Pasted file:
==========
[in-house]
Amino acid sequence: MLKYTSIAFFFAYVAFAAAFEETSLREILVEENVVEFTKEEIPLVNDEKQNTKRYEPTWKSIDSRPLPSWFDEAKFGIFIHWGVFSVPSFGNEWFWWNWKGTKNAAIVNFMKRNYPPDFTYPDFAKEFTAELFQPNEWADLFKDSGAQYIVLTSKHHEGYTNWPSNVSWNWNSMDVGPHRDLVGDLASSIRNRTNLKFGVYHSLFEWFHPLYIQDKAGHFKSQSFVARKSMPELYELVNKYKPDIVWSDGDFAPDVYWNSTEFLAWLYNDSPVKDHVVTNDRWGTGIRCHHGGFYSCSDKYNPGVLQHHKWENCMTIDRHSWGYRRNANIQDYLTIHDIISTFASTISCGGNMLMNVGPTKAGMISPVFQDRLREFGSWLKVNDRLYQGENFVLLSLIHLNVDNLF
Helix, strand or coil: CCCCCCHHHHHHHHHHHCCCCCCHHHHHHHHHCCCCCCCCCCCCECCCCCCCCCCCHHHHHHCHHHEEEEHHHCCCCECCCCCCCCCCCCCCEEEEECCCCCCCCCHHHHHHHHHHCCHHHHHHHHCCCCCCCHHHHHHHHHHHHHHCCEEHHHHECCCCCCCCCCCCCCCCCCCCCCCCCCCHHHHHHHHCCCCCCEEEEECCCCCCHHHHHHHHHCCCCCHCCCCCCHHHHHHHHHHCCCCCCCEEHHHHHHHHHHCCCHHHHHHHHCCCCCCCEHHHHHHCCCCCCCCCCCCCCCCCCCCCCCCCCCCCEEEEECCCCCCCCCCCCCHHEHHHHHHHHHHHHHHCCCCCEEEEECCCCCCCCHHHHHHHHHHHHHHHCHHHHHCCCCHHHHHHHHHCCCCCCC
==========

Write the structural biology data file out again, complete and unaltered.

[in-house]
Amino acid sequence: MLKYTSIAFFFAYVAFAAAFEETSLREILVEENVVEFTKEEIPLVNDEKQNTKRYEPTWKSIDSRPLPSWFDEAKFGIFIHWGVFSVPSFGNEWFWWNWKGTKNAAIVNFMKRNYPPDFTYPDFAKEFTAELFQPNEWADLFKDSGAQYIVLTSKHHEGYTNWPSNVSWNWNSMDVGPHRDLVGDLASSIRNRTNLKFGVYHSLFEWFHPLYIQDKAGHFKSQSFVARKSMPELYELVNKYKPDIVWSDGDFAPDVYWNSTEFLAWLYNDSPVKDHVVTNDRWGTGIRCHHGGFYSCSDKYNPGVLQHHKWENCMTIDRHSWGYRRNANIQDYLTIHDIISTFASTISCGGNMLMNVGPTKAGMISPVFQDRLREFGSWLKVNDRLYQGENFVLLSLIHLNVDNLF
Helix, strand or coil: CCCCCCHHHHHHHHHHHCCCCCCHHHHHHHHHCCCCCCCCCCCCECCCCCCCCCCCHHHHHHCHHHEEEEHHHCCCCECCCCCCCCCCCCCCEEEEECCCCCCCCCHHHHHHHHHHCCHHHHHHHHCCCCCCCHHHHHHHHHHHHHHCCEEHHHHECCCCCCCCCCCCCCCCCCCCCCCCCCCHHHHHHHHCCCCCCEEEEECCCCCCHHHHHHHHHCCCCCHCCCCCCHHHHHHHHHHCCCCCCCEEHHHHHHHHHHCCCHHHHHHHHCCCCCCCEHHHHHHCCCCCCCCCCCCCCCCCCCCCCCCCCCCCEEEEECCCCCCCCCCCCCHHEHHHHHHHHHHHHHHCCCCCEEEEECCCCCCCCHHHHHHHHHHHHHHHCHHHHHCCCCHHHHHHHHHCCCCCCC